“the most valuable work of its kind in existence” inscribed by Charles Rolls to Henri Farman, two aviation giants
(FLIGHT.) CHANUTE, OCTAVE. Progress in Flying Machines
New York: American Engineer & Railroad Journal, 1894
Original gray-blue cloth. Extensive annotations in pencil by Farman. Light wear, joints tender.
FIRST EDITION of the first published systematic collection of aviation research. A spectacular presentation copy inscribed by Charles Rolls to Henri Farman, two giants of early aviation. Farman has heavily annotated the book.
Henri Farman was a pioneering Anglo-French aviator and aircraft designer. In 1907 he bought a Voisin biplane and set numerous records for distance and duration. He established numerous firsts including the first cross-country flight and the first circuit flight in which an aviator returned to his starting place. He made substantial improvements in aircraft design, with the result that Farman planes became a standard for pre-Great War European aircraft. Farman has extensively annotated this volume with marginal notes, comments, clarifications, and underlining, amounting to hundreds of words and countless markings. A number of these have to do with Farman’s plane design innovations, which included the first use of modern-style ailerons for lateral stability.
Farman received this book from Charles S. Rolls, the co-founder of the Rolls-Royce Motor Company and a significant figure in British aviation. In February 1910 Rolls told Wilbur Wright that he had resigned his position at his company in order “to devote myself to flight.” He told Wright that the licensed Wright flyer that he had bought in Europe was of poor quality compared to the sturdy machines built in Dayton. Five months later Rolls was killed when the tail of his French-built Wright machine snapped off before a grandstand filled with horrified spectators at Bournemouth. Rolls, the first man to fly non-stop across the English Channel and back, was the first British aviator to be killed in a flying accident. His firm went on to become major manufacturers of airplane engines.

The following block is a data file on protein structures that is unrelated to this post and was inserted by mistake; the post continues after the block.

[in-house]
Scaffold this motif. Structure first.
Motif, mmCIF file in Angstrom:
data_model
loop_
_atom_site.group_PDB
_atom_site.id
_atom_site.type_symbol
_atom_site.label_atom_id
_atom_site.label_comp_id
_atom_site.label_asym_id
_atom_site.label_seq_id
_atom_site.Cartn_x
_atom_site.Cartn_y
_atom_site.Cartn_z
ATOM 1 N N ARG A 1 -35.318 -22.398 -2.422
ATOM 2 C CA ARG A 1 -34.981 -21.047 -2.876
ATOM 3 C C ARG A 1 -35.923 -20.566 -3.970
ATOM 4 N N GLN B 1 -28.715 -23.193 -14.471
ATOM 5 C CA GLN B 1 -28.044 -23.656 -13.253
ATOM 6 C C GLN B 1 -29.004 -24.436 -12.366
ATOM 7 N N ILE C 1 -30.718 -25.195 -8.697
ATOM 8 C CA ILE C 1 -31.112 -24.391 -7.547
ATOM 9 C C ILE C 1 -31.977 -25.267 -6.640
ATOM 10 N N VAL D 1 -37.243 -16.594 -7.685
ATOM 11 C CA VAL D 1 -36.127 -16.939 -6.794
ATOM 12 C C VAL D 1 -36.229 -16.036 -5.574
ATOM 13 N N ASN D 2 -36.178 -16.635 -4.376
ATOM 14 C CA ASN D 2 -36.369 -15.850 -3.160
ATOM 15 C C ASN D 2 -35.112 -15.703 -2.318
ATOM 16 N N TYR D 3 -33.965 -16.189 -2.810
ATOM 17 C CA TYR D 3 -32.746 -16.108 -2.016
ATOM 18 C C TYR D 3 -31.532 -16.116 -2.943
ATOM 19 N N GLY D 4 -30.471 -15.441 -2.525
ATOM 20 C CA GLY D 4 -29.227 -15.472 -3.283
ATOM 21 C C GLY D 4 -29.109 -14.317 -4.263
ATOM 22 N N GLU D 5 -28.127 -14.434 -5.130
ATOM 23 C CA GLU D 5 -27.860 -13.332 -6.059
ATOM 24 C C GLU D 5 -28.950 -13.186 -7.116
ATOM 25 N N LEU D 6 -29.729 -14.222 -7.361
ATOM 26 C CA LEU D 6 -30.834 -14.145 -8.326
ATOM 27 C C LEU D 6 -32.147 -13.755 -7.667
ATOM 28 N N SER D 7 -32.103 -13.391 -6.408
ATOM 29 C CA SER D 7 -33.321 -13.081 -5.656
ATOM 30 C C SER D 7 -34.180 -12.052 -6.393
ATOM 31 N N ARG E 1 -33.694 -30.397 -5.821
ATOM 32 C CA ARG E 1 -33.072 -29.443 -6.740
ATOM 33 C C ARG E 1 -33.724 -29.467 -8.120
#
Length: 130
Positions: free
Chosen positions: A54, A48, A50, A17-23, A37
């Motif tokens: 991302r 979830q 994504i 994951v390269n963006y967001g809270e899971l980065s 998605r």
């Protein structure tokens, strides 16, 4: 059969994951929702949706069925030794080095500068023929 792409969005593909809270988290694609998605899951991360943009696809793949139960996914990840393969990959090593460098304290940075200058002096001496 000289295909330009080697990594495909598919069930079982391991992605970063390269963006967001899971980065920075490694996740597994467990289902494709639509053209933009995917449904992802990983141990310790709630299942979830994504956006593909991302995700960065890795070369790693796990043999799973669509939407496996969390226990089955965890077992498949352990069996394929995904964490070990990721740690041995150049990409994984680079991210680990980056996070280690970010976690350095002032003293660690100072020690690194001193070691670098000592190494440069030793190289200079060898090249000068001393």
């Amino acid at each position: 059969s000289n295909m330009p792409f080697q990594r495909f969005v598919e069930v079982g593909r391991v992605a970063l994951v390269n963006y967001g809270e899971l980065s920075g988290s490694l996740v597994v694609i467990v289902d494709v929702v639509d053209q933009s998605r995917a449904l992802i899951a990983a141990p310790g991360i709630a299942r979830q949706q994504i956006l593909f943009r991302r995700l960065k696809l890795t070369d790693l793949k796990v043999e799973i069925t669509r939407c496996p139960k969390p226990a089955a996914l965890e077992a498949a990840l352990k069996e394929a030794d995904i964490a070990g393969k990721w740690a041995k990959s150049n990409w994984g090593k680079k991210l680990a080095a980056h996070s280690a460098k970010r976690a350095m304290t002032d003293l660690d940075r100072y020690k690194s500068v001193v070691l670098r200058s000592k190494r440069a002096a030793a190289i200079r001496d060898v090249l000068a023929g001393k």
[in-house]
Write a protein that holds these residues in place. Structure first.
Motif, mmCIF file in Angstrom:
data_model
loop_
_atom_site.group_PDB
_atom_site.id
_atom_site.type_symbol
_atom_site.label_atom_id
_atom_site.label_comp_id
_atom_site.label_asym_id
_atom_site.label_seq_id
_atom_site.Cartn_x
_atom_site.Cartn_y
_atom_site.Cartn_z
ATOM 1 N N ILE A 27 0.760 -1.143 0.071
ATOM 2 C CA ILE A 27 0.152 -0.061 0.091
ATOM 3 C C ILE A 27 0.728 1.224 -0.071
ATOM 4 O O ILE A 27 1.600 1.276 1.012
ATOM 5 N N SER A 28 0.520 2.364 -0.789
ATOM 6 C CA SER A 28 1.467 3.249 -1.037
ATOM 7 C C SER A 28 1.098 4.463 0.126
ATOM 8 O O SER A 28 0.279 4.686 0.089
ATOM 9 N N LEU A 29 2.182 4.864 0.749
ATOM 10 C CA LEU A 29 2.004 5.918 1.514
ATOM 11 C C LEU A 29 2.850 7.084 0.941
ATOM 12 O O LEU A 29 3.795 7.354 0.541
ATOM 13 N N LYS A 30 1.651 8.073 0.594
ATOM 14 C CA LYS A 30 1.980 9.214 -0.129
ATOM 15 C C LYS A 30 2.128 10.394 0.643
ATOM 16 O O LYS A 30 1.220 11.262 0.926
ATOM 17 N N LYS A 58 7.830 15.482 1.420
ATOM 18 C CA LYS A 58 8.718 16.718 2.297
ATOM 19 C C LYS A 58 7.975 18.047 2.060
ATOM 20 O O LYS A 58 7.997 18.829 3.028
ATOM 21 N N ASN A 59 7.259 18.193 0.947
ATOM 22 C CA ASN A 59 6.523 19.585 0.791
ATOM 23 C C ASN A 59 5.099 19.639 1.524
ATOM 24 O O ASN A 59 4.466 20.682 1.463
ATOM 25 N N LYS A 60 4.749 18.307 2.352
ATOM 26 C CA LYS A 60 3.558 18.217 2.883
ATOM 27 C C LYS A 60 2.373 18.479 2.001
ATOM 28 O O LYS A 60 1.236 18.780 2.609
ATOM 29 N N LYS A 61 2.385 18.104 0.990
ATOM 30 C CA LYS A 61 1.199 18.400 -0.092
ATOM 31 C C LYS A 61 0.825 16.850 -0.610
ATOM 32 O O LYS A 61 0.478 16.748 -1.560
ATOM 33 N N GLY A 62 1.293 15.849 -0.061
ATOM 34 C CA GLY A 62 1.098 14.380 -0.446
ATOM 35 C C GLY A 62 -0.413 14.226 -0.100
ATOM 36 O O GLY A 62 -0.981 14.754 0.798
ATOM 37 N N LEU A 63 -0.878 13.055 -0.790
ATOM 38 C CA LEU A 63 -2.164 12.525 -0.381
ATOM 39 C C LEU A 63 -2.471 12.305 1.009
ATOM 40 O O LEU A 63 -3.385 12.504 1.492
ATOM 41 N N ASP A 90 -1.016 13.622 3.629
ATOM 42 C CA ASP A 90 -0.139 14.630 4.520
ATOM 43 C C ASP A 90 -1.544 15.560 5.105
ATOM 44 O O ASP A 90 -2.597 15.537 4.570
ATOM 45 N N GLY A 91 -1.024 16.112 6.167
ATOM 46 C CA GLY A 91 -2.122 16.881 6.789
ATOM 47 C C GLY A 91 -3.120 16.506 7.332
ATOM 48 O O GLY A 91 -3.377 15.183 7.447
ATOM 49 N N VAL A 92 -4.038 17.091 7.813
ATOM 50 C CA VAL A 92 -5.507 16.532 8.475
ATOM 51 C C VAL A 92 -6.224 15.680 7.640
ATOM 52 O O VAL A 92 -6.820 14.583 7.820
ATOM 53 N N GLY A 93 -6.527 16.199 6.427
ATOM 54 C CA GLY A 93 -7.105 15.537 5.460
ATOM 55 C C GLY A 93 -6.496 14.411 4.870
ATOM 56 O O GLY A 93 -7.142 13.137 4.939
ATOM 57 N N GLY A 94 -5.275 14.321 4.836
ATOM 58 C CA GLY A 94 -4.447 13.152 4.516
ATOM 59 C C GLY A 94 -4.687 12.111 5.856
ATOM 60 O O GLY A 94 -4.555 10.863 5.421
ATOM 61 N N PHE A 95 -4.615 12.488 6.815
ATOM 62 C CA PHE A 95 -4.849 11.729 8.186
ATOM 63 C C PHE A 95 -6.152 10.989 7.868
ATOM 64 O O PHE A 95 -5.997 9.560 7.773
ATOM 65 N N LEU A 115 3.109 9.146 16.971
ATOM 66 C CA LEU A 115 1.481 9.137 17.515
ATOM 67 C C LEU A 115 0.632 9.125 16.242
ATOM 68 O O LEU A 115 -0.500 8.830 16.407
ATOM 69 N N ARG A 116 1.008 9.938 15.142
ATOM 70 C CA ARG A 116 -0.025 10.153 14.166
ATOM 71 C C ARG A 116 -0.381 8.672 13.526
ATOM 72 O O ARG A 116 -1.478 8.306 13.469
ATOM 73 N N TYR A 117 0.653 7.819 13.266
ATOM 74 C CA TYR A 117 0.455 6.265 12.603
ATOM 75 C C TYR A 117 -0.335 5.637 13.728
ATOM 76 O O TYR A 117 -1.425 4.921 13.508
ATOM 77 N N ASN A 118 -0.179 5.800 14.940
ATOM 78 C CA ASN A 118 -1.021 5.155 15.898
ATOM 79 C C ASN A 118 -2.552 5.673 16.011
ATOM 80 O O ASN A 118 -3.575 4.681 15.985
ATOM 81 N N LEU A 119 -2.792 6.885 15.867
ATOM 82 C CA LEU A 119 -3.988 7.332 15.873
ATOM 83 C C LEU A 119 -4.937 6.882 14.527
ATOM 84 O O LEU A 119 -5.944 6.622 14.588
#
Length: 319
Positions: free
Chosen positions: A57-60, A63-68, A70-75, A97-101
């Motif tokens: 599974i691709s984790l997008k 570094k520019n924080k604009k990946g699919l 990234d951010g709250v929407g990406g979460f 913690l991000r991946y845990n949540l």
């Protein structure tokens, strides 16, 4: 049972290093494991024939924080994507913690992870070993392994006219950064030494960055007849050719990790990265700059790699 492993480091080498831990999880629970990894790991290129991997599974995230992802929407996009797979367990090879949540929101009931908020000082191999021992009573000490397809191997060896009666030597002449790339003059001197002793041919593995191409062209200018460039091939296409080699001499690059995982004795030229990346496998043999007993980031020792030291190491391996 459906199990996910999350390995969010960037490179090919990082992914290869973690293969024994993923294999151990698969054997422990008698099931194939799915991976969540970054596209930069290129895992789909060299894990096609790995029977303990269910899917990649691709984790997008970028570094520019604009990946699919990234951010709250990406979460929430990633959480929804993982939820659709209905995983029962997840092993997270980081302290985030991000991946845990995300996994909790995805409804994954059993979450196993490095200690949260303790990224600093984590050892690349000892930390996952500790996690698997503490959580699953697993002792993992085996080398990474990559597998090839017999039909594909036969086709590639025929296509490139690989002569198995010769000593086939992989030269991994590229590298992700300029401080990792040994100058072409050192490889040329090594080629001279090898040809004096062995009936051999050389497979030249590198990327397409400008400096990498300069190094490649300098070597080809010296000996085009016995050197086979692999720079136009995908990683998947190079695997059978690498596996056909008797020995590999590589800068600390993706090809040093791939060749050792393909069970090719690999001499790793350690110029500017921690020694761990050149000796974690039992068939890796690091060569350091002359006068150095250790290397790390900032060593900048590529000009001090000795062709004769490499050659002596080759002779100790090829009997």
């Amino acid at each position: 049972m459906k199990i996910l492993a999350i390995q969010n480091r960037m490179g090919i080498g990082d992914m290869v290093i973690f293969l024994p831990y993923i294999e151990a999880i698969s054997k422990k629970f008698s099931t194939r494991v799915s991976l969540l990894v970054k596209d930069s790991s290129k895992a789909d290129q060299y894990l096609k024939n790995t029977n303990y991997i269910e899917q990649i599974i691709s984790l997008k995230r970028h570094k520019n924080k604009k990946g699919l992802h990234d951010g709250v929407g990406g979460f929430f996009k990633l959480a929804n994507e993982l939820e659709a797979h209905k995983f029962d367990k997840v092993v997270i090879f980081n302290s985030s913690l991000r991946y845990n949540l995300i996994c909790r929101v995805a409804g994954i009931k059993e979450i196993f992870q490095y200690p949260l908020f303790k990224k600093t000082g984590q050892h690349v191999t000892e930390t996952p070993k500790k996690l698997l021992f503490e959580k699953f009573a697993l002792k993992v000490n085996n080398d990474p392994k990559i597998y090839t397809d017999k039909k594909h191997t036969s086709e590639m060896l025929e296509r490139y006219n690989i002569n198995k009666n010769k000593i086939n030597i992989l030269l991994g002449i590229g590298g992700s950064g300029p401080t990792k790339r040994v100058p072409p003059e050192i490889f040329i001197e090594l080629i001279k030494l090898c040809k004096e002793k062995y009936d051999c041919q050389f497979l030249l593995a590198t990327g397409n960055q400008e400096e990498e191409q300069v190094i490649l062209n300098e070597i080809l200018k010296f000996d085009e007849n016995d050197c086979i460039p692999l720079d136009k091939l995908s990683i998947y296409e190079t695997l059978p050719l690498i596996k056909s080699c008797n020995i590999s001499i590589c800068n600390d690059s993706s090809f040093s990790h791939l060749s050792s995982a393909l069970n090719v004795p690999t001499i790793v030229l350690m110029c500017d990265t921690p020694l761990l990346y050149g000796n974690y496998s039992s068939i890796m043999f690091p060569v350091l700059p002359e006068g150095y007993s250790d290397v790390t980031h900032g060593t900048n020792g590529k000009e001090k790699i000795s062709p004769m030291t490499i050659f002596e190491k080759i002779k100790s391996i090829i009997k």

Octave Chanute has been called the “father of aviation.” His classic Progress in Flying Machines profoundly influenced the work of the Wright Brothers and many others. Chanute, a railroad engineer, collected data from flight researchers around the world and published them in this volume, the first systematic published collection of aviation research. It was hailed as “the most comprehensive and authoritative treatise on the evolution of mechanical flight in all counties” (Aero, 1909) and “without question the most valuable work of its kind in existence” (Flight, 1910).
Chanute conducted his own research, in collaboration with others, determining that the best way to add lift efficiently was to stack wings on top of one another. This led to the Chanute biplane, on which the Wrights based their first glider. Chanute and the Wrights became acquainted in 1900 when Wilbur wrote to Chanute after reading his Progress in Flying Machines. Chanute spent years encouraging the Wrights and publicizing their work.
This book, a founding work of aviation science, inscribed by a titan of the British aviation industry to a giant of flight and airplane design, is a centerpiece for any collection.